About Steven Neil Moore:
Steven Neil Moore is an Amazon Best-selling author of The Joshua Chronicles; an epic series about an age old conflict and a young man caught in the middle. This series is just the beginning. There are many more ideas, books in development, audio books, etc. that he is very much looking forward to sharing with the world. Steven’s hopes are to give his readers the ride of their lives each time they pick up one of his books.
What inspires you to write?
The thrill of telling a compelling story. There are so many components that make up a good story. From suspense and intrigue of rich character development, to the ability to weave a tale that makes the reader either fall in love or hate the character, or experience the raw emotions that the character feels such as happiness or sadness, total immersion for the reader is the objective. That, coupled with twists and turns leading from one chapter in section to the next, provide a roller coaster of emotions. That is what makes a good story.
Tell us about your writing process.
Having a background in professional consulting helps. I storyboard everything. I develop the story concept (the main theme) of what I want to write about, and build it out from there. From the main theme, I actually create index cards of certain elements of the story that I want to touch upon. From that, I begin to outline each of the sections that make up that element. Eventually, I turn 15 or so key components of the story into multiple index cards ranging anywhere from 120 up to 150. As soon as I know how I want to begin the story, I arrange those index cards as the story flows to connect the ideas. It is always a fun challenge to figure out a way to bridge those elements into a compelling, intriguing story. So far, I have been rewarded with getting it right, according to my readers. Another key component of my writing is my iPad. I develop all of my storyboard ideas and do all of my writing directly from that. You never know when the inspiration will strike and I can’t be tied down with a laptop. Have iPad, will travel.
For Fiction Writers: Do you listen (or talk to) to your characters?
Sometimes, yes I do. All of my writing is in the third person narrative so I don’t directly speak as the character when I write. However, when there is not any dialogue and it is narrative only, the thoughts around those narratives come from the characters themselves. In order to make the emotion of the moment, I have to think like the character. I believe that makes for better emotional continuity.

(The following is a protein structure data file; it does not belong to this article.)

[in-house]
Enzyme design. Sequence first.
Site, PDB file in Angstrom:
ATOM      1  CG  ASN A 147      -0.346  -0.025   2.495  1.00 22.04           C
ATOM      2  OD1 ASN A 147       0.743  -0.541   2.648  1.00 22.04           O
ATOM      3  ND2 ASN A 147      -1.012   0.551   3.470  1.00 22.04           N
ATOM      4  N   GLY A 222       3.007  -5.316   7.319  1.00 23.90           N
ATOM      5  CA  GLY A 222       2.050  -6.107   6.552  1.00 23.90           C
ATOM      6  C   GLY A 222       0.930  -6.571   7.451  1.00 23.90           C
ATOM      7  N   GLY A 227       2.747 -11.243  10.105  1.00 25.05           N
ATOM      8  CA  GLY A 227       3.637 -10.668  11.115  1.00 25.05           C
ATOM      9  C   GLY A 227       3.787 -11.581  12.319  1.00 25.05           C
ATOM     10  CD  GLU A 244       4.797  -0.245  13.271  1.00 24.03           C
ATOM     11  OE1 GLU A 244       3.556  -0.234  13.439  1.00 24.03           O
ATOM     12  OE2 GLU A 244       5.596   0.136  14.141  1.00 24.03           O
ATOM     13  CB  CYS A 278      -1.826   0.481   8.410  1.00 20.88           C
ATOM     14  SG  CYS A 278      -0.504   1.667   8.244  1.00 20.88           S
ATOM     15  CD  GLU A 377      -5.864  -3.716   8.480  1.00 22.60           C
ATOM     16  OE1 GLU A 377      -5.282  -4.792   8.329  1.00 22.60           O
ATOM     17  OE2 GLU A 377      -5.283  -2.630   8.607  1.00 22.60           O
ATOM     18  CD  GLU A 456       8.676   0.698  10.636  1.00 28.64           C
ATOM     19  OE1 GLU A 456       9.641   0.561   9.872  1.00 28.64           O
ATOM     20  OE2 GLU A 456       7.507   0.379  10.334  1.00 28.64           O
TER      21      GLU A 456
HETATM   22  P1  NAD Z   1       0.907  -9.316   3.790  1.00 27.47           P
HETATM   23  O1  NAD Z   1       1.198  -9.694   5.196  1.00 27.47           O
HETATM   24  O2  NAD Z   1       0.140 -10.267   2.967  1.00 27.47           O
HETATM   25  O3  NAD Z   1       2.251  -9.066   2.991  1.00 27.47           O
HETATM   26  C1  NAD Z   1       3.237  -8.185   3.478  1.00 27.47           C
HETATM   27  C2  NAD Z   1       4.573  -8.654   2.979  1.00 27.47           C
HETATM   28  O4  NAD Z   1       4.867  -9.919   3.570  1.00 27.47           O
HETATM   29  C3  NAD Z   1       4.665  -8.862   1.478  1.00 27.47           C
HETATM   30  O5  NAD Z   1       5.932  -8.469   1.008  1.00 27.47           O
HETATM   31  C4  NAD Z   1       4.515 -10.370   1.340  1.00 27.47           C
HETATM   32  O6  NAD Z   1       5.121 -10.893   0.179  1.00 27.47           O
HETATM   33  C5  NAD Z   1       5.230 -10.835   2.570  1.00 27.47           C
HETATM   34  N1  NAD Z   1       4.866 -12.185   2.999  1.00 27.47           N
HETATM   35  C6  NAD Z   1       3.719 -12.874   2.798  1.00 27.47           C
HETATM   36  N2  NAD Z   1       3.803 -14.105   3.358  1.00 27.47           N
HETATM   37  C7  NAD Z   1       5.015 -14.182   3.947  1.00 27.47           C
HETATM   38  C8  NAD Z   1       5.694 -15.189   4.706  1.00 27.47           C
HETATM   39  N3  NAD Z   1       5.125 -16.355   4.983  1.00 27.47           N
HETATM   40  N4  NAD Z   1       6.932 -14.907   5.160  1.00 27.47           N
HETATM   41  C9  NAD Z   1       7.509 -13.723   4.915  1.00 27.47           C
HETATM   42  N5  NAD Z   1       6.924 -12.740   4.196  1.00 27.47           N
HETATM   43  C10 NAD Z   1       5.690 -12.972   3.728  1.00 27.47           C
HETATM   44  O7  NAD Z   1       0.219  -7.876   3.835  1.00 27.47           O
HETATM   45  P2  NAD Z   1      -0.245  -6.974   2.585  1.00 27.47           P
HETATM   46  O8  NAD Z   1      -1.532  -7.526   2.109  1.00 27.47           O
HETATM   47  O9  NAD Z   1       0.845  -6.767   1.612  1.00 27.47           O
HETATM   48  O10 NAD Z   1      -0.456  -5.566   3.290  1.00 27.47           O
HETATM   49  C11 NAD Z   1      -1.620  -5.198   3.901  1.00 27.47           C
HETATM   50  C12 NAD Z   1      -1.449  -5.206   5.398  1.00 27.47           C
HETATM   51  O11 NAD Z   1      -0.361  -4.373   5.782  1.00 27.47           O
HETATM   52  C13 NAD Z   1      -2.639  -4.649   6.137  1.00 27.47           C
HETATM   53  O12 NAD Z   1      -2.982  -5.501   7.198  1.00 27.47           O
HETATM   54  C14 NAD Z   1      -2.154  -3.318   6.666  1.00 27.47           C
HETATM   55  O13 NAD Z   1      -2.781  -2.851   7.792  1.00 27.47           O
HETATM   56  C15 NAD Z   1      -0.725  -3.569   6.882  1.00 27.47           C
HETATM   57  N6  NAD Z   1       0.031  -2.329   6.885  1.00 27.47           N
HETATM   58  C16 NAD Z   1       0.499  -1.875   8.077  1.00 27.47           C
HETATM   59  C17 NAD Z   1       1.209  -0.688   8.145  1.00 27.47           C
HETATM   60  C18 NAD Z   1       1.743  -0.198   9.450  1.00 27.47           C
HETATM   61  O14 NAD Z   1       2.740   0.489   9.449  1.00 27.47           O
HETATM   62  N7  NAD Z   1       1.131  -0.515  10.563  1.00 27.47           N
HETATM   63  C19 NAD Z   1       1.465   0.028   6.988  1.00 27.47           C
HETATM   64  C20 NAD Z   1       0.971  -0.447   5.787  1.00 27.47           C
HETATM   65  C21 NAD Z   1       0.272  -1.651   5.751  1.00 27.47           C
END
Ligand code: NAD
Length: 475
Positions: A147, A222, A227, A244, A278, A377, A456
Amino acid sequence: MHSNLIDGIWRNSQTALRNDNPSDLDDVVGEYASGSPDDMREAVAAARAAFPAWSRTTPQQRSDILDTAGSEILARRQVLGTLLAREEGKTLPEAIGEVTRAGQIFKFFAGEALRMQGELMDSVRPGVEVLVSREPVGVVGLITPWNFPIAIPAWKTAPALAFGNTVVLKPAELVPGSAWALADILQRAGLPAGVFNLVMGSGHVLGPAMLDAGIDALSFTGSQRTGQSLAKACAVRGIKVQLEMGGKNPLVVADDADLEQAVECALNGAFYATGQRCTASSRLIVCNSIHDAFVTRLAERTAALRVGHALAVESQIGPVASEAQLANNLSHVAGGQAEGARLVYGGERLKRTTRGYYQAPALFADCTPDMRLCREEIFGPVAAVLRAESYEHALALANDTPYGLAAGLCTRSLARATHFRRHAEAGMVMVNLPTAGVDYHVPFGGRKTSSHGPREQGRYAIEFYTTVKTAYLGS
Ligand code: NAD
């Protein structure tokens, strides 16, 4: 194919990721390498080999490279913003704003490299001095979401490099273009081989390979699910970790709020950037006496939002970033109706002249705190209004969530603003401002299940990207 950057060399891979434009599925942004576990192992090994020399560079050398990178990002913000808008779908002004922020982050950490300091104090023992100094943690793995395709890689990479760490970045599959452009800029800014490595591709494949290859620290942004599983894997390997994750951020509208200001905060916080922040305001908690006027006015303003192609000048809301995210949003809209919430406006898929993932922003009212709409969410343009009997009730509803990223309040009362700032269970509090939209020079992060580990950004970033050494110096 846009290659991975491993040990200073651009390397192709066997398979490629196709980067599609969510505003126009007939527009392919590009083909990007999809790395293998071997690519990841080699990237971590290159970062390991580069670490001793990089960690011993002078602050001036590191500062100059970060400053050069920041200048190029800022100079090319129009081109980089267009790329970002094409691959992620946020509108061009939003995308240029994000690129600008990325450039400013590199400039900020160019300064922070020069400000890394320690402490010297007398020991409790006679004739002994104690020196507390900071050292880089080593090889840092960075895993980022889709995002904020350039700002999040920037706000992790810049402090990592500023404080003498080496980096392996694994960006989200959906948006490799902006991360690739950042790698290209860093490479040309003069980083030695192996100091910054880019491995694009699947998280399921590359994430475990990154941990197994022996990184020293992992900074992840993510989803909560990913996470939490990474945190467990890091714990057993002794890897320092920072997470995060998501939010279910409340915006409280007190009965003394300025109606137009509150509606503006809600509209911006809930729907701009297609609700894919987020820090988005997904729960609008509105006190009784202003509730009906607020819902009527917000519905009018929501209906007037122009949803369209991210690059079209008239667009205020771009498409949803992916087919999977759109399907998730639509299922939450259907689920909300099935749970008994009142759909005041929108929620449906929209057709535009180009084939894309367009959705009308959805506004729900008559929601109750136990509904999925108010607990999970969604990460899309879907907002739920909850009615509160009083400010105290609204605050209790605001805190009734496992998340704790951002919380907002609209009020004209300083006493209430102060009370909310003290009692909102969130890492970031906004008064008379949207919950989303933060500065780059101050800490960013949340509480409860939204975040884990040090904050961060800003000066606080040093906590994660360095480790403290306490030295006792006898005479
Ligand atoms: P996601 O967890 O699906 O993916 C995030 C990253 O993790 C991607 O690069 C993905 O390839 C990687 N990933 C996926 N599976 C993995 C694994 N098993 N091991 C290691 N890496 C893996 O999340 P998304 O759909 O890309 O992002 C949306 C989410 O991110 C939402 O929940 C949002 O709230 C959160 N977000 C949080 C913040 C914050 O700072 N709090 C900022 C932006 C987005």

What advice would you give other writers?
Reviews are good, but don’t let them rule your career. I’m not saying they are not important, but they should not define you. There are so many different definitions around what a review means, but the most important to a writer, at least to me, should be those where your stories touch your readers. The number of reviews (obviously important for marketing) and the quality of the reviews are just as important. But as a writer, you must define what those reviews mean to you. Don’t let a bad review discourage you. Don’t let it keep you from writing.
Your readers opinions are very important, but not to the point of where it destroys your dream. Keep charging, keep plugging away, invest the time to tell YOUR story. If you give the readers what they want or a new way of telling a story, they will keep coming back. Trust me.
How did you decide how to publish your books?
I started out with my first book with self-publishing. It did moderately okay, but I was dissatisfied with not being able to reach the target audience. For me, marketing was very difficult and out of my wheelhouse. I’m now working with a publisher who has done an amazing job helping to build my brand and help find a target niche for my books. Working with my publisher frees me up to just write. I like that aspect.
What do you think about the future of book publishing?
I believe the traditional “brick-and-mortar” is beginning to fade a bit like the 8 track tape. It seems that the evolution of the electronic format with the ability to reach readers instantly, is the wave of the future. Being a traditionalist though, holding a book in my hand and flipping through the pages is still very much appealing. The newer generation is drifting away from that, and to that effect, authors will have to embrace this future. What will never change though is the ability to get original stories out there. It doesn’t matter what the format is, as long as the vehicle still enables that.
What do you use?: Professional Editor, Professional Cover Designer
What genres do you write?: Science fiction, Christian fiction, romance, action adventure thrillers
What formats are your books in?: Both eBook and Print